Far From Shallow: The Enduring Power of a Star is Born

*so many spoiler alerts*

Five days on and I remain under the spell of A Star is Born. First of I must unequivocally state that this is not a movie review. Not only I am far from equipped to comment on any fancy film-making concept relating to camerawork or staging, but my last movie “review” basically amounted to “you either love it or hate it”, which i’m sure you’ll agree is groundbreaking stuff. This is simply the expression of a feeling; a sense that this was something very special and the lingering impact it has had.


In life, it is rare to come across something that not only manages to capture us in a moment but stays with us once a moment passes. Visions of Cooper making goo goo eyes at Gaga etched in my brain; impromptu outbursts of “We’re far from the shallow now”; that feeling of mourning for Jack. This movie has stuck; to the extent that I have found myself nerding out to promotional interviews and critical reviews ever since. Moreover, it has actually driven me to write.

The story is tried and tested. Literally, as it serves as the fourth rendition of A Star is Born. To summarise: Boy meets girl. Boy serenades girl. Girl serenades boy. Boy falls in love with girl. Girl falls in love with boy. Boy is on his way down. Girl is on her way up. Familiar as it may be, there was something so inherently raw and real about this. The backdrop may have been the stardom of two gorgeously talented human beings but there was little glamour about it.

The music is of course largely contributory to the hype that surrounds the movie. Before the tragedy of the story crushes your heart into microscopic pieces, the music will have you using your sleeve as a tissue. When Ally (Gaga) sets foot on that stage for the first time and Jackson (Cooper) looks on lovingly with his big Arizona eyes as she belts out “I’m off the deep end watch as I dive in”, you’re gone. Caput.

Particularly for me who loves a crooner and has very little interest in the current pop landscape, the music was a breath of fresh air. Between Jackson considering “Maybe it’s Time” to concluding he’s “Out of Time”, this rock and roll served as a welcome interlude. We can kind of understand why Jackson gets so pissed at Ally for singing that awful song about some guy coming around “with an ass like that.”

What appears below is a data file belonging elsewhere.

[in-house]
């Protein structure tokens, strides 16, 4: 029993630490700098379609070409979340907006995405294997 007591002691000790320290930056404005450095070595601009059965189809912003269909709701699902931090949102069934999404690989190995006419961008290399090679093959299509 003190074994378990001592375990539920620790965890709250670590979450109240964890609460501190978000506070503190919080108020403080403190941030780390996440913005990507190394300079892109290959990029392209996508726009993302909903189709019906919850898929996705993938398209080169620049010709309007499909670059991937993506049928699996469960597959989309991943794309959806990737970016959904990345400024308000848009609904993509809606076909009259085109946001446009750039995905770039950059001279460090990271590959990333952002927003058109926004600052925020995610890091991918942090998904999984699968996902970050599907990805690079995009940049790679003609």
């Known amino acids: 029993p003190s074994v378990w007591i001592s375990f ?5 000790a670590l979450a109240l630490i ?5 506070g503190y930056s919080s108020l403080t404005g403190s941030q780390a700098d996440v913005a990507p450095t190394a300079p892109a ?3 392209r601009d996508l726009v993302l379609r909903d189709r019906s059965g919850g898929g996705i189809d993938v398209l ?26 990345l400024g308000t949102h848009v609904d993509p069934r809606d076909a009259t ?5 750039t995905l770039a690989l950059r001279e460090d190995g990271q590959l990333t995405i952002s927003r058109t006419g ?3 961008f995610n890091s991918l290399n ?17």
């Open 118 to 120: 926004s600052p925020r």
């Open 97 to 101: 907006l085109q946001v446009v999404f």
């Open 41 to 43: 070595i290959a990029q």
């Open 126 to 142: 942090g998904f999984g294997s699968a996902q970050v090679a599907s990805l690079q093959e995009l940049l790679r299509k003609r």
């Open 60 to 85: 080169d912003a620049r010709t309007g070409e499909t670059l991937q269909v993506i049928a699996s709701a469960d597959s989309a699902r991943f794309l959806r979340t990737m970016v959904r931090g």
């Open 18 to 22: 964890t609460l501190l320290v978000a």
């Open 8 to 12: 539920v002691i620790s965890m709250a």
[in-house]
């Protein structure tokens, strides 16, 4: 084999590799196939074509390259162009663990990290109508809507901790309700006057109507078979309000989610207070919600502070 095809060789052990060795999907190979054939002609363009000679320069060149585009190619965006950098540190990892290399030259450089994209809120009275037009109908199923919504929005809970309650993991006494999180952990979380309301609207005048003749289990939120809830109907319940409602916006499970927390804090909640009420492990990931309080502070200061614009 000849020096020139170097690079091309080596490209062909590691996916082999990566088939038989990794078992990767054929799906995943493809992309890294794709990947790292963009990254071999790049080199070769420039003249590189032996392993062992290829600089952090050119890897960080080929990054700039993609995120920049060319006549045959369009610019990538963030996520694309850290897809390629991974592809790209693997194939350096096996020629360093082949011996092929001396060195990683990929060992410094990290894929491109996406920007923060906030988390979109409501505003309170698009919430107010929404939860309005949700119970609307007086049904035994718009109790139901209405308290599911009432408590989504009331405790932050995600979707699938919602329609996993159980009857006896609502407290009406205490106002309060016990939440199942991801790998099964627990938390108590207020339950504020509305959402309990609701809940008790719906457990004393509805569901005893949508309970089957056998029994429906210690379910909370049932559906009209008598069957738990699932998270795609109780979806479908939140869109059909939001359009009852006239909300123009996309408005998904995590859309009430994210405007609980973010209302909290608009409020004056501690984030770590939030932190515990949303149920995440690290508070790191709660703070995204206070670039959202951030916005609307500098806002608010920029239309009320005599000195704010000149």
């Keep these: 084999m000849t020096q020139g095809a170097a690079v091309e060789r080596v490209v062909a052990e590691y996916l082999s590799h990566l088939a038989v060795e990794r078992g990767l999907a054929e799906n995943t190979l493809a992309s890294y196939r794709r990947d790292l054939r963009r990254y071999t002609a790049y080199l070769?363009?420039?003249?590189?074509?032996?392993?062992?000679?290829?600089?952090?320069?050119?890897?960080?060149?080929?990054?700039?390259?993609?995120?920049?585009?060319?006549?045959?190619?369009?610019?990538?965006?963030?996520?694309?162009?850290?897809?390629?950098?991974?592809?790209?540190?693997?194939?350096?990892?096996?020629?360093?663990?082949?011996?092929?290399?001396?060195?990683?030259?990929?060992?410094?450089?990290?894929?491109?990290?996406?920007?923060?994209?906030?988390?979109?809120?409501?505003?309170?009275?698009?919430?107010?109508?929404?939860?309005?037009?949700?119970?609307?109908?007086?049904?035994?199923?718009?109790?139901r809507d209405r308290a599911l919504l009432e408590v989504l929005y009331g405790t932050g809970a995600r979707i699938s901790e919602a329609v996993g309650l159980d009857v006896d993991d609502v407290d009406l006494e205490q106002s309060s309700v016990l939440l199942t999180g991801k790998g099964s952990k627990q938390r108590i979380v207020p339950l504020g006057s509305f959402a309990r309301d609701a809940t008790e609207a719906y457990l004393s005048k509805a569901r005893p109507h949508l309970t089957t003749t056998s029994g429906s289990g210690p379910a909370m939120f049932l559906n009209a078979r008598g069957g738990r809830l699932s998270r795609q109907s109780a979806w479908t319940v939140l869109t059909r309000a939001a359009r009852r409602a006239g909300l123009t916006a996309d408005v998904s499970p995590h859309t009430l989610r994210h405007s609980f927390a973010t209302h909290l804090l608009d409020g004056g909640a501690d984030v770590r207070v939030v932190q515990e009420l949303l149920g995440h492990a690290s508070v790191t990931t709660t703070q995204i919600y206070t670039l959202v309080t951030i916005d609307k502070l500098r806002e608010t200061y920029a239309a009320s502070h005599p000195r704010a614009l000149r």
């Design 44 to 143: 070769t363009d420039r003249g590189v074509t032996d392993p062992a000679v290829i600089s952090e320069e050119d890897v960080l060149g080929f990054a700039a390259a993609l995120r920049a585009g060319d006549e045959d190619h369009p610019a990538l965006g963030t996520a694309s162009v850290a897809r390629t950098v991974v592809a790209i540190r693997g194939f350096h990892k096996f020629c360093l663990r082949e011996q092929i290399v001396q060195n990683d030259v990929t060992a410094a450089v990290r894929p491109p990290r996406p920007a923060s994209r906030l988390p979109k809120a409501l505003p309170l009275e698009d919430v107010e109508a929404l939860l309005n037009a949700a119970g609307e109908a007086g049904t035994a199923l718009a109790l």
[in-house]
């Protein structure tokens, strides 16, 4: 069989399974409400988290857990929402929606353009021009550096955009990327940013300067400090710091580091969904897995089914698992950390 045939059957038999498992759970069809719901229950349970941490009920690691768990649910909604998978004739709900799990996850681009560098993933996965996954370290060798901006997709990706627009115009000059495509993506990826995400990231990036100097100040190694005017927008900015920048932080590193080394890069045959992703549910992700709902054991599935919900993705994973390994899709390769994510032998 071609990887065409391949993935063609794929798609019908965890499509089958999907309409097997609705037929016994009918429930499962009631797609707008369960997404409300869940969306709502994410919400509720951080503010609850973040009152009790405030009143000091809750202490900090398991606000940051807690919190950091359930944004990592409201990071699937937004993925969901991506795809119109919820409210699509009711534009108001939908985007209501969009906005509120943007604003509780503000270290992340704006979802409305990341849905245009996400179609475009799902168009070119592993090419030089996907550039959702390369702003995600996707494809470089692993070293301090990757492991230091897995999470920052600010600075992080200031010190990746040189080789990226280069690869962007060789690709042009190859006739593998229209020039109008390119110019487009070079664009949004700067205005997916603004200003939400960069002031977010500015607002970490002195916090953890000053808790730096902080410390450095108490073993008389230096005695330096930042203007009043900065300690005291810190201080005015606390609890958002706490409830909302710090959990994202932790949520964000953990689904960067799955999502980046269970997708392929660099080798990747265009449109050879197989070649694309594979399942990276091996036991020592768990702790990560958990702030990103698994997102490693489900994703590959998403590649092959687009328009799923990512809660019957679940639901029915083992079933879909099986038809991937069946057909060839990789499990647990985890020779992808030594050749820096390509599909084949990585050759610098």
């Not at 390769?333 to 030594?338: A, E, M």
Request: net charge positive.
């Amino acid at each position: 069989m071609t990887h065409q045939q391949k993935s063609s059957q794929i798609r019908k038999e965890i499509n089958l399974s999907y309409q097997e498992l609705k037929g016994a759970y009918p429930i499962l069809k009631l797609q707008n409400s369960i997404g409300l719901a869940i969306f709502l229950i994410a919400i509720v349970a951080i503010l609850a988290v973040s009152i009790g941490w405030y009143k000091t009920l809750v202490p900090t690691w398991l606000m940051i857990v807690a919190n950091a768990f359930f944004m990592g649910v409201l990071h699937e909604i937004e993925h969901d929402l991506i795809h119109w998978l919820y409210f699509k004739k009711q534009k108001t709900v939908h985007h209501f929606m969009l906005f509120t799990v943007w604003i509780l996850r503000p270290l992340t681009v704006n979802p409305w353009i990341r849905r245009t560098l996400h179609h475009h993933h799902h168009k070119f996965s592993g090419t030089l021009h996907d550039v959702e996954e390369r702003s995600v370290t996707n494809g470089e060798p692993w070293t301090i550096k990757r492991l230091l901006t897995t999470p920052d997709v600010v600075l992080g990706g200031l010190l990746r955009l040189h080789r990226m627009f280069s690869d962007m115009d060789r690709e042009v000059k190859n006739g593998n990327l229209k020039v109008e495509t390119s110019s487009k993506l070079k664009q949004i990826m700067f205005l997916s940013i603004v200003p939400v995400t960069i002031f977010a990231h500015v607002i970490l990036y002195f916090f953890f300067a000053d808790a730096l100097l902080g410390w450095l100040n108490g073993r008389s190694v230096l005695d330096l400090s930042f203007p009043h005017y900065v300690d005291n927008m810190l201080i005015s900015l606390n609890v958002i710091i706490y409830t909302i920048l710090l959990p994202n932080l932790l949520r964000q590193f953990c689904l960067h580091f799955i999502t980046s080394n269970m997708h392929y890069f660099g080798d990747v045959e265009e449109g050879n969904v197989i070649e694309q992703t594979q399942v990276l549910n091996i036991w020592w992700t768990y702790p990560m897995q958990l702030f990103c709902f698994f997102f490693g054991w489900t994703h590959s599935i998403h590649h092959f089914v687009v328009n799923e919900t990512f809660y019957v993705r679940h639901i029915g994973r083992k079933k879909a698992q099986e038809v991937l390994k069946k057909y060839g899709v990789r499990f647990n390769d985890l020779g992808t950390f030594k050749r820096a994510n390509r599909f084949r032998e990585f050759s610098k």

Within what appears to be a conventional love story, are themes that extend far beyond a whirlwind romance, some of which have more personal resonance than others. Jackson, a long suffering alcoholic, reveals glimpses of the trauma he endured as a child, setting the scene for the movie’s tragic ending. Ally demonstrates complete devotion throughout and is willing to sacrifice her own career in order to support her husband. In the end, Jackson takes his own life to avoid ruining hers and thus A Star is Born.

What might be even more remarkable than a drunk man remembering the lyrics to a song he’s heard only once, is the talent that oozes from these two individuals. As if Bradley Cooper didn’t seem perfect enough with his flowing sandy locks and ability to embody any character on screen, he now can sing flawlessly and direct, no doubt, an oscar winning movie. Similarly Gaga who we knew could write killer songs and perform like a goddess, can now also act and looks like perfection beneath her facade of stage makeup. It really puts into perspective my inability to whistle or follow the routine of a simple step class.

While much of the movie appears bound in tragedy, there is so much positivity to be derived from it. Talent is at its best when unfiltered; having a voice is power; being true to oneself is paramount; love extends far beyond our flaws.

In truth, had I of known the outcome of this film, I doubt I would have gone to see it. I tend to avoid anything that might cause me to feel too much which this did in bucket loads.  But I am glad I did. I’m glad I watched Ally sing that french song in the drag bar. I’m glad I watched Jackson peel off her makeshift eyebrows. I’m glad I watched their love blossom and come to its untimely end. I’m glad I watched A Star is Born.

So there you have it. A non review of a movie which I have just reviewed.

5 out of 5 stars.